The stages shows are bracing and sometimes scary. Juliette Lewis describes Joplin on stage this way: "You might as well be slashing yourself on stage and opening your skin." In interviews, Joplin insists this is what she most wants to do in the world. She tells Dick Cavett that she loves being on stage. "You have little games that you play with yourself to turn yourself on, you can usually get yourself going," she says, when he presses her about the stress of it.

Or again, after Big Brother and as Kozmic Blues was falling apart, she insists to an interviewer in a suit, "Success hasn't yet compromised the position that I took in Texas, to be true to myself, to be the person that was inside of me and not play games. That's what I'm trying to do most in the whole world, is to not bullshit myself."

Whatever she tells herself, in public, in the moments assembled here, she offers a self who is framed by expectations, resistant and also eager to please. However she conceived herself at any given moment, the movie offers everyone else's stories. "She was in touch with her emotions and with herself more than anyone I knew," says David Niehas, termed here a "former boyfriend", who met her late in her life, explored Rio with her, and hoped she might give up heroin.

"She was in touch." As accurate as it may be, his phrasing is familiar too, a metaphor for what can't quite be described. Niehas ends with a summation, remembering his reaction to news of her death: "That’s the price you pay for doing that kind of art on that level." Like so much else in the movie, it's too true and wholly fiction, a story someone needs to tell.






Padma Lakshmi's 'Taste the Nation' Questions What, Exactly, Is American Food

Can food alone undo centuries of anti-immigrant policies that are ingrained in the fabric of the American nation? Padma Lakshmi's Taste the Nation certainly tries.


Performing Race in James Whale's 'Show Boat'

There's a song performed in James Whale's musical, Show Boat, wherein race is revealed as a set of variegated and contradictory performances, signals to others, a manner of being seen and a manner of remaining hidden, and it isn't "Old Man River".


The Greyboy Allstars Rise Up to Help America Come Together with 'Como De Allstars'

If America could come together as one nation under a groove, Karl Denson & the Greyboy Allstars would be leading candidates of musical unity with their funky new album, Como De Allstars.


The Beatles' 'Help!' Redefined How Personal Popular Music Could Be 55 Years Ago

Help! is the record on which the Beatles really started to investigate just how much they could get away with. The album was released 55 years ago this week, and it's the kick-off to our new "All Things Reconsidered" series.


Porridge Radio's Mercury Prize-Nominated 'Every Bad' Is a Wonderful Epistemological Nightmare

With Every Bad, Porridge Radio seduce us with the vulnerability and existential confusion of Dana Margolin's deathly beautiful lyricism interweaved with alluring pop melodies.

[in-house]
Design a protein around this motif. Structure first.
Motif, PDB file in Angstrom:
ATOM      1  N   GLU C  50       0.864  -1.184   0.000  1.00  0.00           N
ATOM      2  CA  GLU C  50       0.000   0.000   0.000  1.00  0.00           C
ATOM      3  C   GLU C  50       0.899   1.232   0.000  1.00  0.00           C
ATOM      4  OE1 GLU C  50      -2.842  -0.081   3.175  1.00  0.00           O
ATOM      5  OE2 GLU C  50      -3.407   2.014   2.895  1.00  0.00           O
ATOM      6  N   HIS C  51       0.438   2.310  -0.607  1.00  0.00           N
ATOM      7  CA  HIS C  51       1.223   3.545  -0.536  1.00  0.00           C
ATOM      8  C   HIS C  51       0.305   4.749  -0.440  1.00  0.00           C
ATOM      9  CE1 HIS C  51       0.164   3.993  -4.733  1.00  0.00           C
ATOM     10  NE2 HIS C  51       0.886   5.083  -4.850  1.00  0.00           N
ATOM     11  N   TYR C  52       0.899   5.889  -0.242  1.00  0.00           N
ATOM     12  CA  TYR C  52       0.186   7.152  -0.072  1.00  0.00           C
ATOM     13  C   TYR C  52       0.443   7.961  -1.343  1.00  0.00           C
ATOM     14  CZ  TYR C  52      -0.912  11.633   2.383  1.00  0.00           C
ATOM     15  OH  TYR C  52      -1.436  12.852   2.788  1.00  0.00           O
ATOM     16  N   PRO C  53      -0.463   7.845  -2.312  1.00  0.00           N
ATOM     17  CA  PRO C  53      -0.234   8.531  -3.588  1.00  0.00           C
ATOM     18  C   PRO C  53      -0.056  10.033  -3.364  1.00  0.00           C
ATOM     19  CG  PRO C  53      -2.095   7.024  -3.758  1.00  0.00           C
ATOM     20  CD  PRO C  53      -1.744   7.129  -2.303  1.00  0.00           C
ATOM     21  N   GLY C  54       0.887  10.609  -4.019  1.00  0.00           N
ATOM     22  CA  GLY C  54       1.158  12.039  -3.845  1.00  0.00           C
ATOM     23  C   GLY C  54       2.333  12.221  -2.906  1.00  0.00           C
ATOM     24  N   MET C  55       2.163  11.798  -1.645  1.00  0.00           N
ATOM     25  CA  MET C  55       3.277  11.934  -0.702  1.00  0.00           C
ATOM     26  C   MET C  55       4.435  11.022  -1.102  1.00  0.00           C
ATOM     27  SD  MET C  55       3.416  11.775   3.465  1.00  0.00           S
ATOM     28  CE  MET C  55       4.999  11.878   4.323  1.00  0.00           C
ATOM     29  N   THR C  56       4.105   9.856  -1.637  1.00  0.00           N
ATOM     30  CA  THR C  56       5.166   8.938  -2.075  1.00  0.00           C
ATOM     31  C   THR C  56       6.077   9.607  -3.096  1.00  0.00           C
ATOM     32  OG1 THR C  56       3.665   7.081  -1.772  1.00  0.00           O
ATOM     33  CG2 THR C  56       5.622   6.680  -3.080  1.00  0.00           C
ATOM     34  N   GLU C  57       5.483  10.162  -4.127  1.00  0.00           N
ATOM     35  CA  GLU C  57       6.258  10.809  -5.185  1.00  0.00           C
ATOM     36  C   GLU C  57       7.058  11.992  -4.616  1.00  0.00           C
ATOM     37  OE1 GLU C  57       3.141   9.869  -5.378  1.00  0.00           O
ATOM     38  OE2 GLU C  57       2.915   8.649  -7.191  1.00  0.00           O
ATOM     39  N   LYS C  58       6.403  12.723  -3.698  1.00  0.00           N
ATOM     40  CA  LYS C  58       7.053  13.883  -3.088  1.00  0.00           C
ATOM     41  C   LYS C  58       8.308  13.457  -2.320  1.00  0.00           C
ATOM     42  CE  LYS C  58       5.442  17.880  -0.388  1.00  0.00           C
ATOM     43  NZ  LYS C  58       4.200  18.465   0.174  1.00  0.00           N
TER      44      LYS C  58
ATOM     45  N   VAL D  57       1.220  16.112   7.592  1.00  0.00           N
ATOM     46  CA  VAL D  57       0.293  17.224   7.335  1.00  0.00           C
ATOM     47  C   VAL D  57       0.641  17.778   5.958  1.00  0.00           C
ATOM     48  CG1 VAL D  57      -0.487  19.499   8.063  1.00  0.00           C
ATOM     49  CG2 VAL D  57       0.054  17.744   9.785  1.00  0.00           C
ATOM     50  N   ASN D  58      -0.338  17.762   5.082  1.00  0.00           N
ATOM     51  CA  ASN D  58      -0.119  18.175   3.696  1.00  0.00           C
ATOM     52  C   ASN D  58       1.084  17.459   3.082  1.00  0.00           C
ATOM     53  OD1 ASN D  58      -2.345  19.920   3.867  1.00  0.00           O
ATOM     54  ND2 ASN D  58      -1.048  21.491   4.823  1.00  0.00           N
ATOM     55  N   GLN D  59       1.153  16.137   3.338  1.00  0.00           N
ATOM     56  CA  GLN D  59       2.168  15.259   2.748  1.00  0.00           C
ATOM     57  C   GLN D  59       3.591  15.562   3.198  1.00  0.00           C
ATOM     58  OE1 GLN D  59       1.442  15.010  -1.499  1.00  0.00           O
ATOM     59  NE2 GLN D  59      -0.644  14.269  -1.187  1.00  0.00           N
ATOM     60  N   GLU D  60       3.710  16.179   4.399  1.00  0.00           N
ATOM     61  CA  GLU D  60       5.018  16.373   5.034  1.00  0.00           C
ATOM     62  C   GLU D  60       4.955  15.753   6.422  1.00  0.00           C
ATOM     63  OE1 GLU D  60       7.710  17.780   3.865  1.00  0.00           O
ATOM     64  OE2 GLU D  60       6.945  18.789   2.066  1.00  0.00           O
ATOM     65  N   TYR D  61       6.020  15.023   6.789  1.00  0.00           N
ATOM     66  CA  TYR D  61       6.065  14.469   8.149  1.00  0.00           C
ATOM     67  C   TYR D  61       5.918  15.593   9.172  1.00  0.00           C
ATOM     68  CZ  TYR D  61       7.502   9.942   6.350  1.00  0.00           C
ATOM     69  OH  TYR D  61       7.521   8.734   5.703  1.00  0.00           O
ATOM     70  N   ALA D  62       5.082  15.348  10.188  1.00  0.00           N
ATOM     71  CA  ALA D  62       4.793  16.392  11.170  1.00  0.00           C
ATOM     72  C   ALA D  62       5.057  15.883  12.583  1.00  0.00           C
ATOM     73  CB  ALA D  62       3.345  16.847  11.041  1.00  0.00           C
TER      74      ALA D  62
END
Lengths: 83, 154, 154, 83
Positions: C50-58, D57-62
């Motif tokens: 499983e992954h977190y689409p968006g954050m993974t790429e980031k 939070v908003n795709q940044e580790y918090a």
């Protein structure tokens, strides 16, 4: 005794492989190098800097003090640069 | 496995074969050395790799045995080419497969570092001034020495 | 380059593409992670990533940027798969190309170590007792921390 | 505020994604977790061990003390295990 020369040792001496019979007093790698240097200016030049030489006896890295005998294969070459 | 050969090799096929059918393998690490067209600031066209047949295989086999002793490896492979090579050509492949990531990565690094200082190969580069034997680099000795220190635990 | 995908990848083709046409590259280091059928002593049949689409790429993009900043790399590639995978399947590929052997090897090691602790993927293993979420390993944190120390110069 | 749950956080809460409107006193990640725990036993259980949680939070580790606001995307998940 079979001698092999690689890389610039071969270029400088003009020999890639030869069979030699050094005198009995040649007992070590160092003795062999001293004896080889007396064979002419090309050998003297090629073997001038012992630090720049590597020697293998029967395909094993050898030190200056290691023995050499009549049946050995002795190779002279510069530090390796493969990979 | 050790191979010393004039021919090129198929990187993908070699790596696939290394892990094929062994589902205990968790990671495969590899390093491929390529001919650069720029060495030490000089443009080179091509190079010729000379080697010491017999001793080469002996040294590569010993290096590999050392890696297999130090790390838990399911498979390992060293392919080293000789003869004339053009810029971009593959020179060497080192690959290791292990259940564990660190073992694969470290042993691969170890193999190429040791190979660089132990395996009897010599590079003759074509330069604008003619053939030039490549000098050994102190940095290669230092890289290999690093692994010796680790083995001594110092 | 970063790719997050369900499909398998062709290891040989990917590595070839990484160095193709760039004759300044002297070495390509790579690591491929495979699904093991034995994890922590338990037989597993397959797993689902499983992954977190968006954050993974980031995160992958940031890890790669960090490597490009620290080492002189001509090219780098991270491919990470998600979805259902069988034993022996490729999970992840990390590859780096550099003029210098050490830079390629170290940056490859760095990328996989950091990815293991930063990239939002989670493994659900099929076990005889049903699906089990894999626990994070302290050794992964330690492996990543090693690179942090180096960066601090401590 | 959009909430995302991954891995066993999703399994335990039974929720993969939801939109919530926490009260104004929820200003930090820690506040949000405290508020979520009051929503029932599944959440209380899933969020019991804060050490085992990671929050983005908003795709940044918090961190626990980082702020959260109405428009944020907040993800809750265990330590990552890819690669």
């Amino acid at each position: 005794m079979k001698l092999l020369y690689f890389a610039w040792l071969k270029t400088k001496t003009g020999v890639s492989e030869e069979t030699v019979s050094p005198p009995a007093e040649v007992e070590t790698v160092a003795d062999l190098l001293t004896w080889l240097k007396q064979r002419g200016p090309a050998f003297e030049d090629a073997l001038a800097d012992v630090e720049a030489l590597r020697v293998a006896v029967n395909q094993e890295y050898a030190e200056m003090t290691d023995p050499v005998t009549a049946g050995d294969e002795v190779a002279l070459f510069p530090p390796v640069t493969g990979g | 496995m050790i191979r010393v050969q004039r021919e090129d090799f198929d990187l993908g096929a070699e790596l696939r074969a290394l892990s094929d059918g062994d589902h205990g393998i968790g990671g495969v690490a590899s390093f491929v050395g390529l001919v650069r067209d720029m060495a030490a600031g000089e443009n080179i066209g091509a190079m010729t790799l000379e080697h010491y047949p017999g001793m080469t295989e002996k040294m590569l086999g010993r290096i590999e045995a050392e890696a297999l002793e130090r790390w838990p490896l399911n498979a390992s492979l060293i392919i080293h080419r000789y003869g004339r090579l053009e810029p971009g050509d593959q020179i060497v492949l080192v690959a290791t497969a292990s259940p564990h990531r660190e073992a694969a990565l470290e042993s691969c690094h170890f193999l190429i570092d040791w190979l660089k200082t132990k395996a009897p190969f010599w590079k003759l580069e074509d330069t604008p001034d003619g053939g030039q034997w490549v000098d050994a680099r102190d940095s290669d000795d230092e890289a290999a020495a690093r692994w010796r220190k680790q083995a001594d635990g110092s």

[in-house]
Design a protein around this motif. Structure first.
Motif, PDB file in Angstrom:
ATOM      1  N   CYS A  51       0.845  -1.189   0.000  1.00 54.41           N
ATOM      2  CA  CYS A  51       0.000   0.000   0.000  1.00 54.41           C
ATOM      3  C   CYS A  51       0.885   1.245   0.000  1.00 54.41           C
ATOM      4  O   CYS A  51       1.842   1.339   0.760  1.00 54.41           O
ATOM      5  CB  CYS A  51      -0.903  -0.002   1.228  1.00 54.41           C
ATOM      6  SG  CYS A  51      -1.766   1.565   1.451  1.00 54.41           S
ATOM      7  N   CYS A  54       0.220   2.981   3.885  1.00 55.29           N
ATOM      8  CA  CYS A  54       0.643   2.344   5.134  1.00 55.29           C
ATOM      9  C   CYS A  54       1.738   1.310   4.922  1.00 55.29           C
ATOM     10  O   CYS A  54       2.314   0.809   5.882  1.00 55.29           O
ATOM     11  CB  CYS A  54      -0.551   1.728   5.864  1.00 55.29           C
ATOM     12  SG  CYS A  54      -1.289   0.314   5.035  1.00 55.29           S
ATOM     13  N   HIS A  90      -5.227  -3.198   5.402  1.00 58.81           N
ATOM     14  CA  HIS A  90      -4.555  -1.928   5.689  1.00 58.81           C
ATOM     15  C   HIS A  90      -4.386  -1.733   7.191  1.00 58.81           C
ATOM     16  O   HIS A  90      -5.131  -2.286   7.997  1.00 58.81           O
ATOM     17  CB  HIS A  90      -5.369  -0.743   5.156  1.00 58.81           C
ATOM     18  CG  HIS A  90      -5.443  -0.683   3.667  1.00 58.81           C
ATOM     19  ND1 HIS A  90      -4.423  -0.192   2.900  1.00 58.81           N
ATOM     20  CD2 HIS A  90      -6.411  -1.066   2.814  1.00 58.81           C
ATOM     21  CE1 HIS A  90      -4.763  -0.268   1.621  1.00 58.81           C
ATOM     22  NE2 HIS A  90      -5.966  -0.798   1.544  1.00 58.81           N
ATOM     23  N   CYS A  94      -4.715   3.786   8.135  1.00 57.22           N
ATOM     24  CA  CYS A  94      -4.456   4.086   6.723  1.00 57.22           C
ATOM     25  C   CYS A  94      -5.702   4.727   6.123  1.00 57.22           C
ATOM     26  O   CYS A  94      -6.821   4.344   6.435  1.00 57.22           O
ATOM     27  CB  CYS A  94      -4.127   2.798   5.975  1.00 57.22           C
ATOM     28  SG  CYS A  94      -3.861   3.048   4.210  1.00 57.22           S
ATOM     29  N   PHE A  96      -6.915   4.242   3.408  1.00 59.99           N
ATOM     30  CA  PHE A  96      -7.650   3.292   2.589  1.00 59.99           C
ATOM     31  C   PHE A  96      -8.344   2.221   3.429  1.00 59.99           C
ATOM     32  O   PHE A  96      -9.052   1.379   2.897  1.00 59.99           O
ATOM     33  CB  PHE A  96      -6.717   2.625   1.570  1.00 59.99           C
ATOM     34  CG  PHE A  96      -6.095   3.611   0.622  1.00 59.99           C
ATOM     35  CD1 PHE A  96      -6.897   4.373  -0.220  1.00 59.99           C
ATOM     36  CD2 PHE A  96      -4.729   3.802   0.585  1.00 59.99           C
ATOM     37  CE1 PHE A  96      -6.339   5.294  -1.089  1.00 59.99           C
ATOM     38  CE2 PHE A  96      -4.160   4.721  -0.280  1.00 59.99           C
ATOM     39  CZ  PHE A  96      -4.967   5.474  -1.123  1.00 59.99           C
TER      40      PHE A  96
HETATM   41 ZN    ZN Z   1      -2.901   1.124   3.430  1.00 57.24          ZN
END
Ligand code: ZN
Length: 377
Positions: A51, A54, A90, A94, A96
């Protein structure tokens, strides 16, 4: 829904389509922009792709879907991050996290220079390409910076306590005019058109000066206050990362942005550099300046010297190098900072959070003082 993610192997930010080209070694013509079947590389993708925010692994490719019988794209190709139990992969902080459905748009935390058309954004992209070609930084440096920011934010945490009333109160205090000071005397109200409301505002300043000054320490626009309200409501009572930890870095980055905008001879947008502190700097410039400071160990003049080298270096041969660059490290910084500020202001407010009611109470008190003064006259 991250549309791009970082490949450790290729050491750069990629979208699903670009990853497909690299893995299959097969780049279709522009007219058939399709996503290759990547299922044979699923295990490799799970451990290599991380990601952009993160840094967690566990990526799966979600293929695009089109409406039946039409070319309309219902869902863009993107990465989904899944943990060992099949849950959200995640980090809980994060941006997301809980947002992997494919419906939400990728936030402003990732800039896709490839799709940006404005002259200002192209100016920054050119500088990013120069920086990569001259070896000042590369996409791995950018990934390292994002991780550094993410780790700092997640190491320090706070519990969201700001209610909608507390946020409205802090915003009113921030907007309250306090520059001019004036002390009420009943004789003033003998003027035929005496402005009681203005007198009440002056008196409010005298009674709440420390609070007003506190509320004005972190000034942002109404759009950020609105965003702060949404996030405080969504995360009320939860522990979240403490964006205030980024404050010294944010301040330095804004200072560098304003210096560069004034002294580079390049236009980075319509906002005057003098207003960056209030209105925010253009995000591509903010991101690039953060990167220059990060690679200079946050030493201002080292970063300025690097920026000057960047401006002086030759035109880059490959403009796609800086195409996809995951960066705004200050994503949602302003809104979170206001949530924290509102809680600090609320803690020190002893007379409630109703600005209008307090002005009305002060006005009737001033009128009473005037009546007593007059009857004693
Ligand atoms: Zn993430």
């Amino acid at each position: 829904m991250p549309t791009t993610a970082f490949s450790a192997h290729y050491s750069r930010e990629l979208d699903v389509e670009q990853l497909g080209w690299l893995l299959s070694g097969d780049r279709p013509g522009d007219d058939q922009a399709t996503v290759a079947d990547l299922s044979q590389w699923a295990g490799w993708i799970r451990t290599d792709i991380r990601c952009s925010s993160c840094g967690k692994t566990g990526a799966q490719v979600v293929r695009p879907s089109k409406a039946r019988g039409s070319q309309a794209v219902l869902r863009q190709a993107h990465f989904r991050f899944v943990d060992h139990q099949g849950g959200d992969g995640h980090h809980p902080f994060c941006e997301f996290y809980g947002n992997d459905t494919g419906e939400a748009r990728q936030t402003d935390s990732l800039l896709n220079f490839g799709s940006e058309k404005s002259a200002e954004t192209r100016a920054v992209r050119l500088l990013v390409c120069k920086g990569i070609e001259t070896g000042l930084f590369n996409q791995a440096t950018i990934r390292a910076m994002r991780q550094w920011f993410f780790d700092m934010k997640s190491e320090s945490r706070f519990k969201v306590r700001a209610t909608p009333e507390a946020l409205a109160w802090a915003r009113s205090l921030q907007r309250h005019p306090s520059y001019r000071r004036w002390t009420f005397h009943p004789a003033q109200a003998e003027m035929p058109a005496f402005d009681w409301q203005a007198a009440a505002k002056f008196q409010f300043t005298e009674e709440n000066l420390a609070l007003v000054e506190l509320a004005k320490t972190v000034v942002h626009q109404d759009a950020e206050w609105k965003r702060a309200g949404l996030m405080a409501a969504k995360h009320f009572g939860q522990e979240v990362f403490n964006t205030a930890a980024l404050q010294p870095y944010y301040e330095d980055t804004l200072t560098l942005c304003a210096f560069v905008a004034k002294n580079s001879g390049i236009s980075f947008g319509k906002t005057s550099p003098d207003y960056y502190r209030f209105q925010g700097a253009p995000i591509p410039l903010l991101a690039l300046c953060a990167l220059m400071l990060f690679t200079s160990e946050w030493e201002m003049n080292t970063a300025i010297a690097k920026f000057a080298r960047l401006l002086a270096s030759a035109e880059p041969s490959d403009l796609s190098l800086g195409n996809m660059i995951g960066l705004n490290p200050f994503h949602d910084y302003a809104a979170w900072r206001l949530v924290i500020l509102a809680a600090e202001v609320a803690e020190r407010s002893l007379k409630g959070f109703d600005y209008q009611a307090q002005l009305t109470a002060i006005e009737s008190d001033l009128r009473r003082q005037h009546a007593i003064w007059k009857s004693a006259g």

​​Beyoncé's 'Black Is King' Builds Identity From Afrofuturism

Beyoncé's Black Is King's reliance on Afrofuturism recuperates the film from Disney's clutches while reclaiming Black excellence.

Reading Pandemics

Colonial Pandemics and Indigenous Futurism in Louise Erdrich and Gerald Vizenor

From a non-Native perspective, COVID-19 may be experienced as an unexpected and unprecedented catastrophe. Yet from a Native perspective, this current catastrophe links to a longer history that is synonymous with European colonization.


John Fullbright Salutes Leon Russell with "If the Shoe Fits" (premiere + interview)

John Fullbright and other Tulsa musicians decamped to Leon Russell's defunct studio for a four-day session that's a tribute to Dwight Twilley, Hoyt Axton, the Gap Band and more. Hear Fullbright's take on Russell's "If The Shoe Fits".


Roots Rocker Webb Wilder Shares a "Night Without Love" (premiere + interview)

Veteran roots rocker Webb Wilder turns back the hands of time on an old favorite of his with "Night Without Love".


The 10 Best Films of Sir Alan Parker

Here are 10 reasons to mourn the passing of one of England's most interesting directors, Sir Alan Parker.


July Talk Transform on 'Pray for It'

On Pray for It, Canadian alt-poppers July Talk show they understand the complex dualities that make up our lives.


With 'Articulation' Rival Consoles Goes Back to the Drawing Board

London producer Rival Consoles uses unorthodox approaches on his latest record, Articulation, resulting in a stunning, beautiful collection.


Paranoia Goes Viral in 'She Dies Tomorrow'

Amy Seimetz's thriller, She Dies Tomorrow, is visually dazzling and pulsating with menace -- until the color fades.


MetalMatters: July 2020 - Back on Track

In a busy and exciting month for metal, Boris arrive in rejuvenated fashion, Imperial Triumphant continue to impress with their forward-thinking black metal, and death metal masters Defeated Sanity and Lantern return with a vengeance.


Isabel Wilkerson's 'Caste' Reveals the Other Kind of American Exceptionalism

By comparing the American race-based class system to that of India and Nazi Germany, Isabel Wilkerson makes us see a familiar evil in a different light with her latest work, Caste.


Anna Kerrigan Prioritizes Substance Over Style in 'Cowboys'

Anna Kerrigan talks with PopMatters about her latest film, Cowboys, which deviates from the common "issues style" approach to LGBTQ characters.


John Fusco and the X-Road Riders Get Funky with "It Takes a Man" (premiere + interview)

Screenwriter and musician John Fusco pens a soulful anti-street fighting man song, "It Takes a Man". "As a trained fighter, one of the greatest lessons I have ever learned is to walk away from a fight without letting ego get the best of you."


'Run-Out Groove' Shows the Dark Side of Capitol Records

Music promoter Dave Morrell's memoir, Run Out Groove, recalls the underbelly of the mainstream music industry.

Collapse Expand Reviews

Collapse Expand Features
PM Picks
Collapse Expand Pm Picks

© 1999-2020 All rights reserved.
PopMatters is wholly independent, women-owned and operated.